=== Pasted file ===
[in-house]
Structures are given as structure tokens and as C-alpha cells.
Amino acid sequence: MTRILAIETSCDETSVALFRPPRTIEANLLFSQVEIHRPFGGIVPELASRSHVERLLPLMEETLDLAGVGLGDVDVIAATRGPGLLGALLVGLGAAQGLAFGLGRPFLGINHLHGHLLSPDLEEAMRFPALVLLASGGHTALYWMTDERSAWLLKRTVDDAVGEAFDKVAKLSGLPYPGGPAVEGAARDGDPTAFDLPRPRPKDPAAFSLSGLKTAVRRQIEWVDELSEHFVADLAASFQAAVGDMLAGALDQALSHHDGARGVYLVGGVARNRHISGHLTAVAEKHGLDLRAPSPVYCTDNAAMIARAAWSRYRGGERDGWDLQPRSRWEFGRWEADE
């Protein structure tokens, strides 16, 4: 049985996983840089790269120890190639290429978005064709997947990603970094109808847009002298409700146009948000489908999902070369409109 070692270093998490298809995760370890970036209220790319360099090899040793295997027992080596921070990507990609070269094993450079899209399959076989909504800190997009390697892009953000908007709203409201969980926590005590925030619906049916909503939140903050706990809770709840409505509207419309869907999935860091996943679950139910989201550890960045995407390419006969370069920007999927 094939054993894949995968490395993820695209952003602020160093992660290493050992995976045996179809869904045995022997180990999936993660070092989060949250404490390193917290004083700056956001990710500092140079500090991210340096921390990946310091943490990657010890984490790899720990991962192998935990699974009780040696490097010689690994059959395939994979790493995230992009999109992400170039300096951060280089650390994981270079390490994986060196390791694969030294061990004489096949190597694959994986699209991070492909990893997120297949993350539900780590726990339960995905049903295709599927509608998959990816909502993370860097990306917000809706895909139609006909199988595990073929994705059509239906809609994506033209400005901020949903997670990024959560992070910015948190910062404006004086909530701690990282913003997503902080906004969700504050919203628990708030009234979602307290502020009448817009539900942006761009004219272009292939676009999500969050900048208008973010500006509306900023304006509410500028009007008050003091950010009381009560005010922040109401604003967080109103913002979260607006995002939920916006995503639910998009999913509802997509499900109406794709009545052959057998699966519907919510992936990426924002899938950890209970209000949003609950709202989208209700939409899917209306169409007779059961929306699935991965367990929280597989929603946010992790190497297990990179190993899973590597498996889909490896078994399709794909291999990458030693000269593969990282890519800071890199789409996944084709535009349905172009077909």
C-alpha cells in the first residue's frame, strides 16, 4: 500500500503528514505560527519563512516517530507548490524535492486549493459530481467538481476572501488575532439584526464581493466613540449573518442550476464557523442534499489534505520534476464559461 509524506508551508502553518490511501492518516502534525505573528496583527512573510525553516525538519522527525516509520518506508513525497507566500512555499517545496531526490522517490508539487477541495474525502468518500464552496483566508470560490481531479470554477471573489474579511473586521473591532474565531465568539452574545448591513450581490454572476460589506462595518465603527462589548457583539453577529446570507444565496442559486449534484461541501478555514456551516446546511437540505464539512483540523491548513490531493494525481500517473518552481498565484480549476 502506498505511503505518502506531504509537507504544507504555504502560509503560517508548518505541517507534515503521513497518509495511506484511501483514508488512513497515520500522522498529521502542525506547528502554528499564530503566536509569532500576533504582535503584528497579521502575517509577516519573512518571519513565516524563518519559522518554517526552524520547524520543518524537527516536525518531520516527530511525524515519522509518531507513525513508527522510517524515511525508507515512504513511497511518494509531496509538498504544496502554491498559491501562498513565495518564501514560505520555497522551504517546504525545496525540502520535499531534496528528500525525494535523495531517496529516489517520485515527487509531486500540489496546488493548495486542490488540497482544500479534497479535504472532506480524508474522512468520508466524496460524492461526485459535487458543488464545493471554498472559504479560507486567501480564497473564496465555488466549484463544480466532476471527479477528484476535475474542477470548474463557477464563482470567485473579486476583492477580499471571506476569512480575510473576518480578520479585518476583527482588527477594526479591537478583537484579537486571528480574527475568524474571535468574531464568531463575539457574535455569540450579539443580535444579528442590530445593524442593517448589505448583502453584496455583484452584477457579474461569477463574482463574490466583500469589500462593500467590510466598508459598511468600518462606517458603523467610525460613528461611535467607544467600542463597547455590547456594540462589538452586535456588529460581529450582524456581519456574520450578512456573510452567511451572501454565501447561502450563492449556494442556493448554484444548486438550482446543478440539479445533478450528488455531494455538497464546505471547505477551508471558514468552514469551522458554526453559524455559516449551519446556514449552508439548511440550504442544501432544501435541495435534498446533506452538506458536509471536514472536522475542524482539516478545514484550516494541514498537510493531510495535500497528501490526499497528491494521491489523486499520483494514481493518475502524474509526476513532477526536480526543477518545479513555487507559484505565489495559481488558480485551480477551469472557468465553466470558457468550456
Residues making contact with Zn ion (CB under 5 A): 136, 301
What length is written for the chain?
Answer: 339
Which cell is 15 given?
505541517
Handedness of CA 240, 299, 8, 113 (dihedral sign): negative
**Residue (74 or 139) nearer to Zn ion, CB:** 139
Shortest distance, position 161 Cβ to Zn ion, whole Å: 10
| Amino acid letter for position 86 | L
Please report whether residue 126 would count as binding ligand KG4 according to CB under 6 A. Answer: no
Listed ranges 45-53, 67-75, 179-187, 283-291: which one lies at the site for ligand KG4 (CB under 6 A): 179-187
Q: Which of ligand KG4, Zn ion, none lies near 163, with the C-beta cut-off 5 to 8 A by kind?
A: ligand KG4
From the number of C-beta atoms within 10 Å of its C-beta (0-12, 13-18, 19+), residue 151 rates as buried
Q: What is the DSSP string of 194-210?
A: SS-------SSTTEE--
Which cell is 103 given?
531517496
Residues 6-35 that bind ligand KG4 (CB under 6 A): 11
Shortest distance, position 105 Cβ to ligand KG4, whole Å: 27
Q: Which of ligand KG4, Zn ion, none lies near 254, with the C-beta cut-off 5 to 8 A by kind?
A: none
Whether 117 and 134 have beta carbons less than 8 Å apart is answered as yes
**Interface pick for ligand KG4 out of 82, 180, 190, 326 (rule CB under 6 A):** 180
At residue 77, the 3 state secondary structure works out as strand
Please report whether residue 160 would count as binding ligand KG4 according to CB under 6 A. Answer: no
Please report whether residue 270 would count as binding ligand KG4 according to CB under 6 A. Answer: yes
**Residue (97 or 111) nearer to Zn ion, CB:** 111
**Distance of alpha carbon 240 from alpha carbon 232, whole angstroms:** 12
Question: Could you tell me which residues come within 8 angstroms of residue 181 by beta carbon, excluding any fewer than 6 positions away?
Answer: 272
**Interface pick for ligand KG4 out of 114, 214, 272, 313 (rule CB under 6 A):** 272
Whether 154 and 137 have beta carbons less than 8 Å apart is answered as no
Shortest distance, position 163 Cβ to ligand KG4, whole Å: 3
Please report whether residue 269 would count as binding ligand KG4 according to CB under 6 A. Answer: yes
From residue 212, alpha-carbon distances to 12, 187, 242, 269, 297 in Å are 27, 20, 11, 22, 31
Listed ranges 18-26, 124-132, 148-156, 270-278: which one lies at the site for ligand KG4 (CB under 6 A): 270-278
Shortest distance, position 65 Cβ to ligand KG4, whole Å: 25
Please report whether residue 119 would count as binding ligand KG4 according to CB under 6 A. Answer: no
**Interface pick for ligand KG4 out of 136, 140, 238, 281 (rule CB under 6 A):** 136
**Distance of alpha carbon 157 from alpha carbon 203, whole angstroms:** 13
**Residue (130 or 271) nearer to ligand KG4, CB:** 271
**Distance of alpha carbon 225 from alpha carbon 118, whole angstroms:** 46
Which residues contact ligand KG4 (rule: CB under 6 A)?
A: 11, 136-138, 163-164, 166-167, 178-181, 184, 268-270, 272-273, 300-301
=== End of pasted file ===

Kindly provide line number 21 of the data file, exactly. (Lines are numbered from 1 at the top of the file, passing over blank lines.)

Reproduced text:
A: SS-------SSTTEE--